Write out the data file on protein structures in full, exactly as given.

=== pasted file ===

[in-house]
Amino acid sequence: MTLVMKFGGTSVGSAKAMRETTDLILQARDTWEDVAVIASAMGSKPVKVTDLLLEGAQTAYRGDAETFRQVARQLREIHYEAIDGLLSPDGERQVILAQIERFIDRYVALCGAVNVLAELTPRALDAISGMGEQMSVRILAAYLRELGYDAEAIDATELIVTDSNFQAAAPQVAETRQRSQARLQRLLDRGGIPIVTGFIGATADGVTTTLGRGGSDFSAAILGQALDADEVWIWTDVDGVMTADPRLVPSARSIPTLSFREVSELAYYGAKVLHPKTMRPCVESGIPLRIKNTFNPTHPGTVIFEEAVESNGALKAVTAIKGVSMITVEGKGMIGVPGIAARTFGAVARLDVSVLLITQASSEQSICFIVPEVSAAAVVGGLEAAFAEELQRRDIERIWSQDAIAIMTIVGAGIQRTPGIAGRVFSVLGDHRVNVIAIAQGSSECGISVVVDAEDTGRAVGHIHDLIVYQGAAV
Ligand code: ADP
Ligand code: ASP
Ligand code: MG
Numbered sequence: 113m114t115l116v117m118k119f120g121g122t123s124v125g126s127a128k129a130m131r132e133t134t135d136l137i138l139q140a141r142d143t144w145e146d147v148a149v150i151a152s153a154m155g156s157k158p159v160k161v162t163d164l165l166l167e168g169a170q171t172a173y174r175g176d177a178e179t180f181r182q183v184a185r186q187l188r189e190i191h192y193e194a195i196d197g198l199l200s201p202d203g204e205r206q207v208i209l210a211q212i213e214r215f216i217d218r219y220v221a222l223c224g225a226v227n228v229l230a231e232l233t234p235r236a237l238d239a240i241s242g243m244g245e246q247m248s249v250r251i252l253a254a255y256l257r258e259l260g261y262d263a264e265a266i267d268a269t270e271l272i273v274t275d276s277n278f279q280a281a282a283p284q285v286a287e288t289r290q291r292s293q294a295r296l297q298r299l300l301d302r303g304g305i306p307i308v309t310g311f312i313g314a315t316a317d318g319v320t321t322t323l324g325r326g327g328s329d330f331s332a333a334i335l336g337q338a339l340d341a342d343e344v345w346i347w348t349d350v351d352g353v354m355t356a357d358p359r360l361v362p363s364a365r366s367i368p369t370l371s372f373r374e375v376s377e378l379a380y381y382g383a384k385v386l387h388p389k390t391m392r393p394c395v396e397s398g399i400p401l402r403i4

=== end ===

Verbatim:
[in-house]
Amino acid sequence: MTLVMKFGGTSVGSAKAMRETTDLILQARDTWEDVAVIASAMGSKPVKVTDLLLEGAQTAYRGDAETFRQVARQLREIHYEAIDGLLSPDGERQVILAQIERFIDRYVALCGAVNVLAELTPRALDAISGMGEQMSVRILAAYLRELGYDAEAIDATELIVTDSNFQAAAPQVAETRQRSQARLQRLLDRGGIPIVTGFIGATADGVTTTLGRGGSDFSAAILGQALDADEVWIWTDVDGVMTADPRLVPSARSIPTLSFREVSELAYYGAKVLHPKTMRPCVESGIPLRIKNTFNPTHPGTVIFEEAVESNGALKAVTAIKGVSMITVEGKGMIGVPGIAARTFGAVARLDVSVLLITQASSEQSICFIVPEVSAAAVVGGLEAAFAEELQRRDIERIWSQDAIAIMTIVGAGIQRTPGIAGRVFSVLGDHRVNVIAIAQGSSECGISVVVDAEDTGRAVGHIHDLIVYQGAAV
Ligand code: ADP
Ligand code: ASP
Ligand code: MG
Numbered sequence: 113m114t115l116v117m118k119f120g121g122t123s124v125g126s127a128k129a130m131r132e133t134t135d136l137i138l139q140a141r142d143t144w145e146d147v148a149v150i151a152s153a154m155g156s157k158p159v160k161v162t163d164l165l166l167e168g169a170q171t172a173y174r175g176d177a178e179t180f181r182q183v184a185r186q187l188r189e190i191h192y193e194a195i196d197g198l199l200s201p202d203g204e205r206q207v208i209l210a211q212i213e214r215f216i217d218r219y220v221a222l223c224g225a226v227n228v229l230a231e232l233t234p235r236a237l238d239a240i241s242g243m244g245e246q247m248s249v250r251i252l253a254a255y256l257r258e259l260g261y262d263a264e265a266i267d268a269t270e271l272i273v274t275d276s277n278f279q280a281a282a283p284q285v286a287e288t289r290q291r292s293q294a295r296l297q298r299l300l301d302r303g304g305i306p307i308v309t310g311f312i313g314a315t316a317d318g319v320t321t322t323l324g325r326g327g328s329d330f331s332a333a334i335l336g337q338a339l340d341a342d343e344v345w346i347w348t349d350v351d352g353v354m355t356a357d358p359r360l361v362p363s364a365r366s367i368p369t370l371s372f373r374e375v376s377e378l379a380y381y382g383a384k385v386l387h388p389k390t391m392r393p394c395v396e397s398g399i400p401l402r403i4